The role of necroptosis and apoptosis through the oxidative stress pathway in the liver of selenium-deficient swine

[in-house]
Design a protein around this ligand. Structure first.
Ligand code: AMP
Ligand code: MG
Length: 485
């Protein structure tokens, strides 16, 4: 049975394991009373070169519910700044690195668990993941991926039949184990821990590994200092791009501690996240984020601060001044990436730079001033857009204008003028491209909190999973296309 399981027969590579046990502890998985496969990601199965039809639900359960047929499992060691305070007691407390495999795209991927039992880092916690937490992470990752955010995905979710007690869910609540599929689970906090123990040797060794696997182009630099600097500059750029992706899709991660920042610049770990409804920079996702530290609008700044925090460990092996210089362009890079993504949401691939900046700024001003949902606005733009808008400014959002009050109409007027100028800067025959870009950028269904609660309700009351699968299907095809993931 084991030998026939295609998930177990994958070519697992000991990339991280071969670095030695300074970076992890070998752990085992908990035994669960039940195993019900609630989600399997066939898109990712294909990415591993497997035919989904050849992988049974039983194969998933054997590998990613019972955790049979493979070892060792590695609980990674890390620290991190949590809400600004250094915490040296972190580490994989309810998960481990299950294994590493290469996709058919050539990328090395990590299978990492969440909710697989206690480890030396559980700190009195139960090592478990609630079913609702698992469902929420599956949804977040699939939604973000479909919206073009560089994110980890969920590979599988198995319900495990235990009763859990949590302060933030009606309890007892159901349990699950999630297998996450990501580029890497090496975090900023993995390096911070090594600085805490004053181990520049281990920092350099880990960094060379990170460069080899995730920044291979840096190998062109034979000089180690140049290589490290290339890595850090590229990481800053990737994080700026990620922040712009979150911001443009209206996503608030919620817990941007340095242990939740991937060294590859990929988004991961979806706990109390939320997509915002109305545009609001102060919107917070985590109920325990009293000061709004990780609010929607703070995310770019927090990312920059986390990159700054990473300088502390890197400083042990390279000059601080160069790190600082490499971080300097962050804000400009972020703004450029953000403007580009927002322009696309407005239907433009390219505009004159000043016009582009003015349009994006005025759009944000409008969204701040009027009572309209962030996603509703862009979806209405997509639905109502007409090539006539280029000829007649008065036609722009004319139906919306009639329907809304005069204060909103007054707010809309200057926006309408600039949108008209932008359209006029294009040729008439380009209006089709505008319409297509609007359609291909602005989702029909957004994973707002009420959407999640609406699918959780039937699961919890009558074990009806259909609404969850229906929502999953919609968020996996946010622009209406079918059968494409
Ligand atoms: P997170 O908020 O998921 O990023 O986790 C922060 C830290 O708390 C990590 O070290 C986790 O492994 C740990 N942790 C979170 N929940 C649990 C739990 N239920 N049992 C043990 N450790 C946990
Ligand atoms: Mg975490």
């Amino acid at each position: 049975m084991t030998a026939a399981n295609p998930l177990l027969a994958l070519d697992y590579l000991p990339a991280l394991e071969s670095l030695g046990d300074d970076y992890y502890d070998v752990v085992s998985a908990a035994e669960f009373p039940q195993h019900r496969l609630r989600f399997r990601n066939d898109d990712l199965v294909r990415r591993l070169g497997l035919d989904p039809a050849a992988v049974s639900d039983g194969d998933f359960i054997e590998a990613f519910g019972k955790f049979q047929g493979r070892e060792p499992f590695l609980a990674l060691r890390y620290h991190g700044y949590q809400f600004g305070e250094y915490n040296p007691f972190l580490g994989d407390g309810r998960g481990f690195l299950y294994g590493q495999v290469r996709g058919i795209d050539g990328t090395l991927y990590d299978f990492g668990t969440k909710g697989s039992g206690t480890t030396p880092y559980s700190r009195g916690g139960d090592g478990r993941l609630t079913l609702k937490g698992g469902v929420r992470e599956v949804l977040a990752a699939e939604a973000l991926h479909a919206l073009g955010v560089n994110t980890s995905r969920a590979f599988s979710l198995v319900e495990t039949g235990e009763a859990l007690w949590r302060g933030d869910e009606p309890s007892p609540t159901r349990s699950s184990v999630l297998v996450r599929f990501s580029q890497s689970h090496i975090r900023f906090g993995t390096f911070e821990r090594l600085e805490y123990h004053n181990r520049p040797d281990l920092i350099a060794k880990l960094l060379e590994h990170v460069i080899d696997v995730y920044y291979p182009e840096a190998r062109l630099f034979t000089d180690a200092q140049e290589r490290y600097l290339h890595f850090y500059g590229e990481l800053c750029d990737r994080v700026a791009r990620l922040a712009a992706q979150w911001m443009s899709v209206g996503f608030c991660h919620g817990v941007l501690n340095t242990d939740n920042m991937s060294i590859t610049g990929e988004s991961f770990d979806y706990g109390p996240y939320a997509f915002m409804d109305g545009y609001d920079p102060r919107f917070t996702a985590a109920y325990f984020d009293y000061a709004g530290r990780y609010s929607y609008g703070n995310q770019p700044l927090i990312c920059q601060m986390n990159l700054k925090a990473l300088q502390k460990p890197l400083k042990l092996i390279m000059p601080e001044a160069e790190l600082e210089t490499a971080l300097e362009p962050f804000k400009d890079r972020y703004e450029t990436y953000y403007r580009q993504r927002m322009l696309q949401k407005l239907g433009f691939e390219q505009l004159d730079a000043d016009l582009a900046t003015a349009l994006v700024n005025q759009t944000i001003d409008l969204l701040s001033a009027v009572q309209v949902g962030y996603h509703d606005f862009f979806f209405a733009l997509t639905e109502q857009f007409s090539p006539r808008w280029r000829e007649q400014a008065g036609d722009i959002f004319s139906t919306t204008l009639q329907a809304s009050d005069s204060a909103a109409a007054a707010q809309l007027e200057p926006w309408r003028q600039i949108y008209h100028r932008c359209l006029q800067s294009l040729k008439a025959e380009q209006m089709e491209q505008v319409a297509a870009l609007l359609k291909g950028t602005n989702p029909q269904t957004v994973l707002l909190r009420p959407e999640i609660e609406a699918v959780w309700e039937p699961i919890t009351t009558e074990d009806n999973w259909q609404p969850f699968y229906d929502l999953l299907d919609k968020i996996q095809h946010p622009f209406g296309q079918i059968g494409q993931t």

Necroptosis is regarded as a new paradigm of cell death that plays a key role in the liver damage observed with selenium (Se) deficiency. Se deficiency has a significant impact on the livestock and poultry industries. Previous studies have confirmed that Se deficiency causes serious injury to the swine liver; however, it is unclear whether this liver damage is the result of necroptosis and apoptosis. To understand the damage induced by Se deficiency, swine were divided into a control group and Se-deficient group. The results showed that in the liver of swine, Se deficiency initiated apoptosis by increasing the expression of cysteinyl aspartate specific proteinase 3 (caspase-3), cysteinyl aspartate specific proteinase 9 (caspase-9) and BCL-2 antagonist/killer (BAK) at both the mRNA and protein levels and by decreasing the B cell lymphoma/leukemia 2 (BCL-2) levels compared with the levels in the control group. Meanwhile, compared with the control group, necroptosis was confirmed in the liver of Se-deficient swine through increased the expression of mixed lineage kinase domain like pseudokinase (MLKL) and receptor interacting serine/threonine kinase 1 (RIPK1) at both the mRNA and protein levels. In addition, the activities of catalase (CAT), nitric oxide (NO), and total antioxidative capacity (T-AOC) were clearly increased (P < 0.05), and the activities of OH- and total nitric oxide synthase (TNOS) were obviously decreased (P < 0.05), whereas in the Se-deficient group, the hydrogen peroxide (H2O2) and malondialdehyde (MDA) levels were obviously increased (P < 0.05) compared with those in the control group. Moreover, the number of apoptotic cells was increased significantly in the Se-deficient group, and the liver tissues showed obvious necroptosis damage. These results show that Se deficiency induces apoptosis and necroptosis through the oxidative stress pathway in the swine liver.